11 Pieces Of Advice From Judy Blume About Life And Love
You asked, she answered.
1. How have you gotten through writer's block and/or your own mental discouragements? —Meghan Rose via Facebook
Judy Blume: I don’t believe in writer’s block. For me there’s no such thing as writer’s block — don’t even say writer’s block. As far as the [mental discouragements] go, you’ve got to keep them out. When you’re writing, you’ve got to knock the critic off this shoulder, knock the censor off this shoulder, and all those voices in your head — telling you that you suck, and nobody’s going to read what you’re writing, nobody’s going to buy it or publish it — you have to leave them outside the workspace, and get rid of them.
It is true that once, for three months, while I was writing a novel, I couldn’t work because I made the terrible mistake of reading a book that I found to be a really good novel. I can’t do that. I can’t read good novels when I'm trying to write one. I was living out near Venice Beach in California, and I was reading Dad by William Wharton. It was a big book, and it took place right in this area where I was living, and I couldn’t write for three months because i felt so intimidated reading something that I found to be so good. You know those voices — like, “What are you doing, Judy? You don’t know what you’re doing. You don’t know how to do this.” And so I learned the hard way that when I'm writing fiction, I really shouldn’t be reading fiction. I can read nonfiction, short pieces in magazines, but I shouldn’t be reading a book that I’ll fall in love with, because I need to focus on my own characters, and not on other characters. You need to leave those negative thoughts out.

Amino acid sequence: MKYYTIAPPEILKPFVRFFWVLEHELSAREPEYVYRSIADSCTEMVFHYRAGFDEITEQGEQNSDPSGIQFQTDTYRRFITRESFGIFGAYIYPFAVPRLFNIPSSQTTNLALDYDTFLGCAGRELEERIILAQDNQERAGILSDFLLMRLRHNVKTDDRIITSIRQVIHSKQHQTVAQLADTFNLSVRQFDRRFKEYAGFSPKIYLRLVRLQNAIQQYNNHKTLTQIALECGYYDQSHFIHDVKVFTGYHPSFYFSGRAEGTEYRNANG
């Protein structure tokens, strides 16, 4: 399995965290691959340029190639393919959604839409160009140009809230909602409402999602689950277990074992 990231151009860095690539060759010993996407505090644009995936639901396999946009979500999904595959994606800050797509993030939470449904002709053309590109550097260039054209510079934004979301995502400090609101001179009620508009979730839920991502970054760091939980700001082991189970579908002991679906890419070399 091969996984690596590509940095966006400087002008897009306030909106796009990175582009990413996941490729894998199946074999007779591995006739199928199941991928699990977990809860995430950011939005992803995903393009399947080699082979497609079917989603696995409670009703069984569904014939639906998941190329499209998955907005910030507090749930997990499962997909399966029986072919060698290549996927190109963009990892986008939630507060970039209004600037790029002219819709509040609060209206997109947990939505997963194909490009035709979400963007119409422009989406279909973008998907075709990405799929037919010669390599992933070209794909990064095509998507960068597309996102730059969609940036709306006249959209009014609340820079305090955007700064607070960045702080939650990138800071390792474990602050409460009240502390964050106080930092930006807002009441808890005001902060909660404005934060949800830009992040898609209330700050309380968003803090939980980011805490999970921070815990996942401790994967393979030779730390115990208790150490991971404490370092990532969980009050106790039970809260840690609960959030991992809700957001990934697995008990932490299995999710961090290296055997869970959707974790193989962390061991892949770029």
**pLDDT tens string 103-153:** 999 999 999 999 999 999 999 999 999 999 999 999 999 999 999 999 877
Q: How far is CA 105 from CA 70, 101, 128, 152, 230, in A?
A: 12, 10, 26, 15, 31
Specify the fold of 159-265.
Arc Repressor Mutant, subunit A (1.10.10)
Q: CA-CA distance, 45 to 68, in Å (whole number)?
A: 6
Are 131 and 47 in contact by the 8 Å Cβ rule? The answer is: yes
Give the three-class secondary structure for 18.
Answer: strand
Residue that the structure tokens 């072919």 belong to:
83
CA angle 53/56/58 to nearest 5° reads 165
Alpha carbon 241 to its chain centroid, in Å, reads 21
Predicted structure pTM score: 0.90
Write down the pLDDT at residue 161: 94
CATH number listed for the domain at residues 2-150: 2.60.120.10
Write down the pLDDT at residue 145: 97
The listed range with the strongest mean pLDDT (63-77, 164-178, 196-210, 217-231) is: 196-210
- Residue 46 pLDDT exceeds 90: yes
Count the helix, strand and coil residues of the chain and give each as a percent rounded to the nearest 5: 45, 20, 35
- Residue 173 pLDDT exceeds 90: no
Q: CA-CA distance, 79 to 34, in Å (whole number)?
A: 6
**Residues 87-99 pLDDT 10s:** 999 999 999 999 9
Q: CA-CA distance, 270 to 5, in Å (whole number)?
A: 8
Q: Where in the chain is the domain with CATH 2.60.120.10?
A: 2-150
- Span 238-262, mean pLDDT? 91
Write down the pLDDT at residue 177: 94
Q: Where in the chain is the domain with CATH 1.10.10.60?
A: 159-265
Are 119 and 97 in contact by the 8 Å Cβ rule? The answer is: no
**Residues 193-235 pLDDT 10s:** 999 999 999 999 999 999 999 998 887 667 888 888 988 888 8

2. How can you stay positive when you feel there’s no hope left? —xxminnie01xx via BuzzFeed
JB: Well it’s best not to think about anything else; that’s the only thing I can say. Just don’t think about anything else. When you’re in there [working], when you’re at the computer, when you’ve got the pencil in your hand — and, by the way, I get my best ideas from a pencil. I'm a good rewriter; I like to revise much more than I like getting down that first draft — you just have to keep those bad, hopeless thoughts away.
3. How do you know you’re making the right decision, when there are so many other options? —angelicac413dffbb5 via BuzzFeed
JB: That’s a hard a question to answer! I’m impulsive, which doesn’t always work to my advantage. I marry easily, which hasn’t always worked to my advantage, but sometimes you get lucky: For 35 years, I've been incredibly lucky with the best mate anybody could ever hope for. But I wasn’t always lucky! I take chances. I take risks, for better or worse. I like to move around a lot. Between books is a very dangerous time, I’ve always said, because that's when the creative energy comes out in different ways. I like to renovate houses, and that’s a really expensive hobby, so I can’t really do that every time I finish a book. But I think about it. I like that. I get a creative high out of that, and change is good. Take risks. And sometimes, you know, you get it right, and you won't want to think about change. You get it right, and you want to stick with it, and that's good, too.